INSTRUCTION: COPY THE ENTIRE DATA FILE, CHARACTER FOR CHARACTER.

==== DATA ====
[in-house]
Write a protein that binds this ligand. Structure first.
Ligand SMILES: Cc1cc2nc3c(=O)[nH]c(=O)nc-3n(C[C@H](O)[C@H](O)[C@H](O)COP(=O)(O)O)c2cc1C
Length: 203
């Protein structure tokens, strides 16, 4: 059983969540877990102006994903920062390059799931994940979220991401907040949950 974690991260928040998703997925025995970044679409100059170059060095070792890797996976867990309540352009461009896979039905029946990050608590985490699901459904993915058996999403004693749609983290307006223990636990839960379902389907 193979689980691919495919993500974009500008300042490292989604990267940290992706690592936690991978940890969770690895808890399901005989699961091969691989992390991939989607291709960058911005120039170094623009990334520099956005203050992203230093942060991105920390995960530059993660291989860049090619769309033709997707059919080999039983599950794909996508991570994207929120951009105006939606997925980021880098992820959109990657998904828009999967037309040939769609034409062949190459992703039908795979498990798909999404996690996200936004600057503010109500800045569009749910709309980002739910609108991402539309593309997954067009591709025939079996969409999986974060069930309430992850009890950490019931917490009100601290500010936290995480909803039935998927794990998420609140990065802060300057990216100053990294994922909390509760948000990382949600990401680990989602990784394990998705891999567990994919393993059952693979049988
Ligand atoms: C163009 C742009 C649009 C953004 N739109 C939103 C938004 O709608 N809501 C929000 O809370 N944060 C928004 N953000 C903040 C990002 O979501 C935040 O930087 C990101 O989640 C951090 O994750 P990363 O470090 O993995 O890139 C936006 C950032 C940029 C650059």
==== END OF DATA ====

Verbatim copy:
[in-house]
Write a protein that binds this ligand. Structure first.
Ligand SMILES: Cc1cc2nc3c(=O)[nH]c(=O)nc-3n(C[C@H](O)[C@H](O)[C@H](O)COP(=O)(O)O)c2cc1C
Length: 203
């Protein structure tokens, strides 16, 4: 059983969540877990102006994903920062390059799931994940979220991401907040949950 974690991260928040998703997925025995970044679409100059170059060095070792890797996976867990309540352009461009896979039905029946990050608590985490699901459904993915058996999403004693749609983290307006223990636990839960379902389907 193979689980691919495919993500974009500008300042490292989604990267940290992706690592936690991978940890969770690895808890399901005989699961091969691989992390991939989607291709960058911005120039170094623009990334520099956005203050992203230093942060991105920390995960530059993660291989860049090619769309033709997707059919080999039983599950794909996508991570994207929120951009105006939606997925980021880098992820959109990657998904828009999967037309040939769609034409062949190459992703039908795979498990798909999404996690996200936004600057503010109500800045569009749910709309980002739910609108991402539309593309997954067009591709025939079996969409999986974060069930309430992850009890950490019931917490009100601290500010936290995480909803039935998927794990998420609140990065802060300057990216100053990294994922909390509760948000990382949600990401680990989602990784394990998705891999567990994919393993059952693979049988
Ligand atoms: C163009 C742009 C649009 C953004 N739109 C939103 C938004 O709608 N809501 C929000 O809370 N944060 C928004 N953000 C903040 C990002 O979501 C935040 O930087 C990101 O989640 C951090 O994750 P990363 O470090 O993995 O890139 C936006 C950032 C940029 C650059």